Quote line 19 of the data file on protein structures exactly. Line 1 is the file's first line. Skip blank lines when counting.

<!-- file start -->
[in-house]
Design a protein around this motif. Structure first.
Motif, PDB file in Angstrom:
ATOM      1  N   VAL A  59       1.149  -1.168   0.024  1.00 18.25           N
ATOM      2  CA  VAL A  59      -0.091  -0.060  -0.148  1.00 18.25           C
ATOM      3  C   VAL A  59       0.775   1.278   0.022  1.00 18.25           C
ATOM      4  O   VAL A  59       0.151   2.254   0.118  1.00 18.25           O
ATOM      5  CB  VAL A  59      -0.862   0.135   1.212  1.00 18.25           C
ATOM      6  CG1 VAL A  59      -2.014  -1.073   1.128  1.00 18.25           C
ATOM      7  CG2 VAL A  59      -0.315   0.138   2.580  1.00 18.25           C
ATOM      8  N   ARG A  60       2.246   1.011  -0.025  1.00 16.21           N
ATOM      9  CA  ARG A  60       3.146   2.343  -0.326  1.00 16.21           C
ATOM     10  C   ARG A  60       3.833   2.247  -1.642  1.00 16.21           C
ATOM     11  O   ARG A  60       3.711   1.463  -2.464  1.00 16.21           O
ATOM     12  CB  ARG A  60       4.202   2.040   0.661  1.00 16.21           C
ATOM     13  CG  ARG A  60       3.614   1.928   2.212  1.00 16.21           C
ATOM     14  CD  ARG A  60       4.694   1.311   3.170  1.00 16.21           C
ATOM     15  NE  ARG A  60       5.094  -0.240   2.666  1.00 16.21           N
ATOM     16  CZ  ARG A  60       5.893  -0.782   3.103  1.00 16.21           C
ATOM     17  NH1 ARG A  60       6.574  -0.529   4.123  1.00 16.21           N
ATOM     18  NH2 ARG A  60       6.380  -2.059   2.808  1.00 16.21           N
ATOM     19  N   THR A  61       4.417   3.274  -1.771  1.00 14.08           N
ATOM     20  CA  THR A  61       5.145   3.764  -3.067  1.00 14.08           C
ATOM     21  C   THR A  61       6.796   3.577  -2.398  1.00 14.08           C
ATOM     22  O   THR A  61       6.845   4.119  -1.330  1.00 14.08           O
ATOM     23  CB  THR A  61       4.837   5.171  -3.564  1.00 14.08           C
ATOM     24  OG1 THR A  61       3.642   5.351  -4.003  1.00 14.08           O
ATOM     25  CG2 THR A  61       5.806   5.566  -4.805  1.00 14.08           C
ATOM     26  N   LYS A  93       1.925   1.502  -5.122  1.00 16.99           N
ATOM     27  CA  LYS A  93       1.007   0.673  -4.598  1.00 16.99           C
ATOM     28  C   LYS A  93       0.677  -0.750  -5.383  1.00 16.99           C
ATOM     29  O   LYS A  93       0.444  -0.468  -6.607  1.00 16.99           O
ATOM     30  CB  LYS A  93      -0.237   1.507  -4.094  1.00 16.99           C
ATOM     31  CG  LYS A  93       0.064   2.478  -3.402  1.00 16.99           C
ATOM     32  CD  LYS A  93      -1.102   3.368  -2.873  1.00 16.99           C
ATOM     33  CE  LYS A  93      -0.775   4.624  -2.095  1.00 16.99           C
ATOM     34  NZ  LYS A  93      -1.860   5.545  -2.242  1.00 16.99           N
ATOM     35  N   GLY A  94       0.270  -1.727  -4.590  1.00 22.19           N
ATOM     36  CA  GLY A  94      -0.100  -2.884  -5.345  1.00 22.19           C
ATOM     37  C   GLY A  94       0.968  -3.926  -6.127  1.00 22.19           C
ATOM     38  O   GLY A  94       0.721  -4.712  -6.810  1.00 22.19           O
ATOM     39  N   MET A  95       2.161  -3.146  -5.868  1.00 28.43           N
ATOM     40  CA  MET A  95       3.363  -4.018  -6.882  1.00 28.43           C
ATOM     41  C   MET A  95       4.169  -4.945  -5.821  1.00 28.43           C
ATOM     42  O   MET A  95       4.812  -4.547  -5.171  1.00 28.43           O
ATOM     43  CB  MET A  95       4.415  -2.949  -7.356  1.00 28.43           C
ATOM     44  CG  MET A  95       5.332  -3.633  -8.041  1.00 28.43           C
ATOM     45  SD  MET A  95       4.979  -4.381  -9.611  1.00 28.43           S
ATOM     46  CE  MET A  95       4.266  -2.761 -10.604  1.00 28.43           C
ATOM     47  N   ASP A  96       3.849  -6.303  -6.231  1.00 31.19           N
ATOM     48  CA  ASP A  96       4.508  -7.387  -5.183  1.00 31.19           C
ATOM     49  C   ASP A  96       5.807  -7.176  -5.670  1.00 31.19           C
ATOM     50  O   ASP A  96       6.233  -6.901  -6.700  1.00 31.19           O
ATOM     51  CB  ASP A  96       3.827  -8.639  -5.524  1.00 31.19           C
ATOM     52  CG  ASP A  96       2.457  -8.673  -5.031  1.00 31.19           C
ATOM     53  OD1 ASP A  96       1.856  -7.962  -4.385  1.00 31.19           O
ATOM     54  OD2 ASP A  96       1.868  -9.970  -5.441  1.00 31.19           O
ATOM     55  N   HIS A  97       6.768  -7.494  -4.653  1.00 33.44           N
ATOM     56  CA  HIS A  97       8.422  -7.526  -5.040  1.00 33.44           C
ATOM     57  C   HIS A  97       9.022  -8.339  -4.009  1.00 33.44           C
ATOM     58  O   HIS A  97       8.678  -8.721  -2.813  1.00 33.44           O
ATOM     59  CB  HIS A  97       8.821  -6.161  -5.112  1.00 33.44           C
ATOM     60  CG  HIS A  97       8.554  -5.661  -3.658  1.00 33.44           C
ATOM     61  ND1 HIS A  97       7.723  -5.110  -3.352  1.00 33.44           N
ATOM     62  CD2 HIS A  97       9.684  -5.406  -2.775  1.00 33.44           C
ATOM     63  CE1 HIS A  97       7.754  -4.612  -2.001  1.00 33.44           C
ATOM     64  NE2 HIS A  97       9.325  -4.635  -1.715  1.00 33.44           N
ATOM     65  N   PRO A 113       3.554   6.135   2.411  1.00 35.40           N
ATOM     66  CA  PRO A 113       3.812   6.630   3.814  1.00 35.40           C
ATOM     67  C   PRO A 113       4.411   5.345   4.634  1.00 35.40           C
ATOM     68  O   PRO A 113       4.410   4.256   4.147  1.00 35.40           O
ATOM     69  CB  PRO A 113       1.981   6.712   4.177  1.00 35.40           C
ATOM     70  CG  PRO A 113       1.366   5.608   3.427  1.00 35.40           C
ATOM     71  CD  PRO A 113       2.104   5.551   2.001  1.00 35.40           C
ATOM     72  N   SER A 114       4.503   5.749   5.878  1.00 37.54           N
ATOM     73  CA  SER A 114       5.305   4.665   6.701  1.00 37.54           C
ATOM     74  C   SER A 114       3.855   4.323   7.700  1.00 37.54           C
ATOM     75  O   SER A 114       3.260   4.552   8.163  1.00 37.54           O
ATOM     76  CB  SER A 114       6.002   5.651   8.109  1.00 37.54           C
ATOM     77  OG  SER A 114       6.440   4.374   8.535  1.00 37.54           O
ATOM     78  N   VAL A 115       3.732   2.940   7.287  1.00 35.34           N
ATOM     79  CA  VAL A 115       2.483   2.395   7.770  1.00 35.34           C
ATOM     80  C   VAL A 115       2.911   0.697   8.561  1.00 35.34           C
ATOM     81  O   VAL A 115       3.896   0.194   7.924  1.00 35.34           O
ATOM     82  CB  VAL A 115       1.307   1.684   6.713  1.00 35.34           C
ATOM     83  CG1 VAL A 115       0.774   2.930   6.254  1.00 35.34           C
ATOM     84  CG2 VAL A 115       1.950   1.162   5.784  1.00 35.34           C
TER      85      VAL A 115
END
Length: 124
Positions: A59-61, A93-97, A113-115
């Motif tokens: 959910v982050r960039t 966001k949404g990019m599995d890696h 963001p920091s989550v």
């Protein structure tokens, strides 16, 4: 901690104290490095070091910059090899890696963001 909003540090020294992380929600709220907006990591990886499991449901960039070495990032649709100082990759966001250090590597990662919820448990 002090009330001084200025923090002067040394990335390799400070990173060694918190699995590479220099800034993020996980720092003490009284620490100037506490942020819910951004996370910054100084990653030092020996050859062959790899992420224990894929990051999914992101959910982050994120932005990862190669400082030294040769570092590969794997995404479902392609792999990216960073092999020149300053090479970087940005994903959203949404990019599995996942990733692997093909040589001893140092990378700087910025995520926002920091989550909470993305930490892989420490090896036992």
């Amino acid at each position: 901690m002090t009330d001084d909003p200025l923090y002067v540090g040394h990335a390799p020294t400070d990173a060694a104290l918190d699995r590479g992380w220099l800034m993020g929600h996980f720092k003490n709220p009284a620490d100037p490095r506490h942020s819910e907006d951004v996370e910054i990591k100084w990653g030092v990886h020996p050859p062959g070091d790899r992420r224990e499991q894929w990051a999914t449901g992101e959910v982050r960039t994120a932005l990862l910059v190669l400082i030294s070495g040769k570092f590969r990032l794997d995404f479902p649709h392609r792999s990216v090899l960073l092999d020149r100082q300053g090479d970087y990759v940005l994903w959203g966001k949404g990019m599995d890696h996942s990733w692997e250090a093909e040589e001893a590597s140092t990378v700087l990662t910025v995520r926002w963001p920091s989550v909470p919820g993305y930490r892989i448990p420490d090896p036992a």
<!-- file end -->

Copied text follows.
ATOM     16  CZ  ARG A  60       5.893  -0.782   3.103  1.00 16.21           C